I am only half Kuwaiti. I lived here for a few years in my teens, and moved here as an adult in 2006. So, I'm not really part of the system.

Zaid alNasser, 24, lawyer

Zaid alNasser

I always vote. This time I will use two of my four votes and choose political and religious candidates; the development of Sharia law is an important issue for me.

I would like to see changes in Kuwait's health care. There are many complaints about doctors and poor health care.

Kuwait also needs to diversify its economy away from oil. We must push the government to consider other natural or industrial resources for the next generation.

I don't think women will be elected this time because they lack the experience, but I am sure they will get in in the future.

I'm not confident parliament will change for the better, because previous candidates are standing, preventing able and responsible people getting in.

I have doubts about the coming parliament, I think what happened in the past might repeat itself.

Nour al-Attar, 22, banker

This will be the first time I vote. What matters to me are women's rights and the future of my country.

Of the four candidates I can vote for, three will be women. Men have done nothing for us. Women will change everything and I really believe a woman is going to get elected this time.

It will make a big difference. People will see that a woman in parliament will do better than a man, and no-one will be able to say a woman's only place is at home with the children.

These are hard times for all of us. Everything stopped because MPs who don't want the best for the country put themselves first. But I think we will choose better candidates this time.

We know our Prince Sheikh Sabah al-Ahmed al-Sabah will not let anyone take our freedom from us. He is the best and he knows what his people want.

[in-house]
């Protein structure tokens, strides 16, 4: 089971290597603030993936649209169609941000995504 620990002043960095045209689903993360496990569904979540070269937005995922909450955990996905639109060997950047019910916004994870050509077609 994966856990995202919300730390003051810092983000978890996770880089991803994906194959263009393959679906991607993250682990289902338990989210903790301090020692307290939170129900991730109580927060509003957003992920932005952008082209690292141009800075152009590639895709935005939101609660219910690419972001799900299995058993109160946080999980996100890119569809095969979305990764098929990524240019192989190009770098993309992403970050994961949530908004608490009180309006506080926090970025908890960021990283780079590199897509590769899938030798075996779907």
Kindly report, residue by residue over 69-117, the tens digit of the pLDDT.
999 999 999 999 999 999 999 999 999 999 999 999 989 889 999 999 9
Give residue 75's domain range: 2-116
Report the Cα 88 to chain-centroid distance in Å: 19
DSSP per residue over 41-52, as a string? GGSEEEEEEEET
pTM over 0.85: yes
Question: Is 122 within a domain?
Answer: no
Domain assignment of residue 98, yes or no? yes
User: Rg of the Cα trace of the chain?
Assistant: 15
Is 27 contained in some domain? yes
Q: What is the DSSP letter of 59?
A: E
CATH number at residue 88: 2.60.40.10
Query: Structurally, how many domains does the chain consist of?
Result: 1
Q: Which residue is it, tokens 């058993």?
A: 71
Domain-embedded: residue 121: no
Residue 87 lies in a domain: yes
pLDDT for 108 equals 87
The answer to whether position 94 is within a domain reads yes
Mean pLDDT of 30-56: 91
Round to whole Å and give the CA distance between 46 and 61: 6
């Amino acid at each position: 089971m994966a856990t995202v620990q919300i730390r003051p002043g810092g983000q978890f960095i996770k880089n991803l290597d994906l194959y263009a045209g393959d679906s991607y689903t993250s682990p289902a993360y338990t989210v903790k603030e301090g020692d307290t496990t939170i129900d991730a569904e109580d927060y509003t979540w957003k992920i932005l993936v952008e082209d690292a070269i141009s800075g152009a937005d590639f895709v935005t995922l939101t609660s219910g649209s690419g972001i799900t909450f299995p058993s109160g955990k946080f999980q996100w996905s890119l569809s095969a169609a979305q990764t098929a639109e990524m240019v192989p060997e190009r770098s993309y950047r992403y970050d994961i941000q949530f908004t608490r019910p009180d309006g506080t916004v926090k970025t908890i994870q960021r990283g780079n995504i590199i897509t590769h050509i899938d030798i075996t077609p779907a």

Muhannad al-Nafeesi, 42, aviation safety inspector

I won't be voting, although I have in the past. The issues that matter to me are education, health, the environment and Kuwaiti security.

I'm not satisfied with the way Kuwait is run. I definitely think democracy is a good thing. However, clever but evil people have used it the wrong way to paralyse development and to make a mockery out of parliament.

I think we lack patriotism, and the sense of belonging to this land. I think Kuwaitis' attitude towards Kuwait must change.

I don't think a woman will be elected this time, women are not ready for that yet. It's not the men who are not ready.

I don't think it would make much difference if a woman did get in. Perhaps the Americans and Europeans might like us a bit more, but nothing else.

Nouriya al-Adwani, 40s, university administrator

I will not be voting, I never have and I do not wish to share my reasons.

The top issues for me are social services. Kuwait is experiencing a population explosion and health services are insufficient.

The government also needs to have clear plans on education and tourism. People often go abroad to enjoy their weekends or vacations. We should be able to do this within Kuwait. Clear national plans will restore people's confidence in government.

I think democracy is a good thing and the government has good intentions, but infighting between the government and parliament stifles everything. And there is no respect for the law. Good laws are useless if they are not implemented.

I am happy to see the female candidates and I think they have a good chance of getting in this time. As I say this, I hear prayer being called, so perhaps God has heard this request.

I believe having women ministers in the previous government led to more enlightened ideas. But the government is losing time and is often unable to implement proposals due to the constant 'grilling' of the government by members of parliament.